Salafi movements and Hizbut Tahrir have become well known for their demand to implement a total shariah but not through democratic means. They do not believe there are any benefits in following a democratic system since it is against Islam. Other groups associated with Darul Islam, such as Majelis Mujahidin Indonesia (MMI) and Komite Persiapan Penegakan Syariah Islam (KPPSI) in South Sulawesi have worked consistently to push the central government and provinces to implement Islamic law.
The second pro-shariah group are moderate Islamists arguing that shariah is an alternative for Indonesia but that its implementation must be through a long term democratic process, using constitutional means. The re-emergence of Islamic parties in Indonesia after Soeharto’s resignation is a response to accommodate this demand. PPP, PKS, PBB and other smaller Islamic parties have worked to promote the implementation of shariah. Even though this group share the one ideal of the significance of shariah, it differs in terms of its views of the methods of implementation.
PPP and PBB, for instance, stress the significance of promoting shariah in Indonesia through the acknowledgment of special status for Muslims by reviving the idea of the Jakarta Charter (Piagam Jakarta) as it was initiated by their predecessors. A constitution that explicitly recognises the status of shariah is a crucial issue. In contrast, PKS has sought a different approach in promoting shariah and no longer regards the Jakarta Charter as important. For PKS, the implementation of shariah should not rely on the constitution but must begin with the individual, family, society and the state. A Constitution specifying the status of shariah is not a priority in gaining formal recognition from the state. The state must not be designed in the way that privileges Islam, since the 1945 Indonesian Constitution and the state ideology of Pancasila ensure the rights of all religions.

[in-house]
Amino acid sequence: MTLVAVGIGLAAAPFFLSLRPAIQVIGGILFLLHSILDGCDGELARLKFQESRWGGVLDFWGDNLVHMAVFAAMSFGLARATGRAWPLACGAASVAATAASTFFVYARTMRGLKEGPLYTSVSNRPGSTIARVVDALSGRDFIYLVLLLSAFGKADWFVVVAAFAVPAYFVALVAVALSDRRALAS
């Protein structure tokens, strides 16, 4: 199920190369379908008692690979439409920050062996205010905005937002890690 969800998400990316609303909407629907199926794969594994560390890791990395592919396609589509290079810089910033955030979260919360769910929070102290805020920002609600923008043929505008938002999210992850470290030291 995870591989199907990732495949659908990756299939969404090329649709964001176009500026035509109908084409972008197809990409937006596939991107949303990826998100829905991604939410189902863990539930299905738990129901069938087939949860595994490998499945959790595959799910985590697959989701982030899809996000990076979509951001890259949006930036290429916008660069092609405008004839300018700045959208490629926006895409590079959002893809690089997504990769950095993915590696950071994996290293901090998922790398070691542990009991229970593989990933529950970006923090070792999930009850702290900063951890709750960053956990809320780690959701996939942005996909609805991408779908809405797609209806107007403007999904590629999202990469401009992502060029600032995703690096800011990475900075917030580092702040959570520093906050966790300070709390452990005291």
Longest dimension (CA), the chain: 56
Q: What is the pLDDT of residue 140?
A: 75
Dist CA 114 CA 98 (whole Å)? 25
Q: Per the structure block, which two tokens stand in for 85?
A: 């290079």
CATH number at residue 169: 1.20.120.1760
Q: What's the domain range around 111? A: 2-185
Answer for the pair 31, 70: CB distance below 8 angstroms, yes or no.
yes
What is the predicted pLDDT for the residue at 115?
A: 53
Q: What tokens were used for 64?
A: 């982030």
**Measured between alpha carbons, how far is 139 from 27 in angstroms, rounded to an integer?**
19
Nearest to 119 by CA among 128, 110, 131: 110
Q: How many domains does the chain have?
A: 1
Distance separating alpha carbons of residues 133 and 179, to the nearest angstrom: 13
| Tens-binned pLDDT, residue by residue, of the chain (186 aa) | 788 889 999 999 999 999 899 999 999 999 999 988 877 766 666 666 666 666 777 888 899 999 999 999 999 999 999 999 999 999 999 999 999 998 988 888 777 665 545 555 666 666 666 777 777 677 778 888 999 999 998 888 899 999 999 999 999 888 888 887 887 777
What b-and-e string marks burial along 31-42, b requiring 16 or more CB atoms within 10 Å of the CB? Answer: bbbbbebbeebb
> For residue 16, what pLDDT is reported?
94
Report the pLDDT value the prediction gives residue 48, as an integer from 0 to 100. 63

Whereas hardline Islamists see the absence of shariah as the main cause of the Indonesian crisis, moderate Islamists take a different approach. They assert that the non-implementation of shariah is mainly because the Indonesian people do not yet understand the concept in full. Furthermore, the absence of welfare and justice, including education, are the main reasons for this lack; first, the people need to be educated and have their living standards and their security improved. So at this stage, implementing shariah is not a priority; rather meeting the basic needs of the people is the first step, while continuously encouraging the people to practise shariah in their lives.
Even though it has downplayed the issue of shariah, PKS still considers it important to promote it through to the state level. Rather than pushing its implementation through a “top down” or radical approach, PKS has worked to educate Muslims to understand the essence of shariah so that they willingly practise it in their daily lives and subsequently extend it into governmental activities. PKS believes that when people become familiar with the practice of shariah they will not oppose its implementation. The main effort for PKS activists is how to revive the image of shariah and to relate it to the basic needs of ordinary people.
 Saiful Mujani, “Syariat Islam dalam Perdebatan,” in Syariat Islam Pandangan Muslim Liberal (Jakarta: Sembrani Aksara Nusantara, 2003), 43.
 See “Azyumardi Azra: Penerapan Syariat Bisa Kontroprouduktif, “ Islamlib.com, 5 August 2001.
 Ibid. In the Qur’an there is a verse that states the freedom to embrace a religion, “there is no compulsion in [acceptance of] the religion.” See the Qur’an II: 256.
 See Ulil Abshar Abdalla, “Syariat Islam,” Suara Karya, 23 March 2004.
 See Lutfi Assyaukanie, “Berkah Sekularisme,” Islamlib.com, 11 April 2005.
 See opening statement at the website of a liberal Islam group, Islamlib.com.
 Jamhari, ed., Gerakan Salafi Radikal di Indonesia (Jakarta: Rajawali Press, 2004), 52.
 Ismail Yusanto, “Selamatkan Indonesia dengan Syariat Islam,” in Syariat Islam Pandangan Islam Liberal, 147.
 Wawancara with Untung Wahono, Canberra, 12 July 2005.
 Interview with Rofi’ Munawar, Surabaya, 7 March 2003.
 Interview with Zulkieflymansyah, Canberra, 30 August 2004.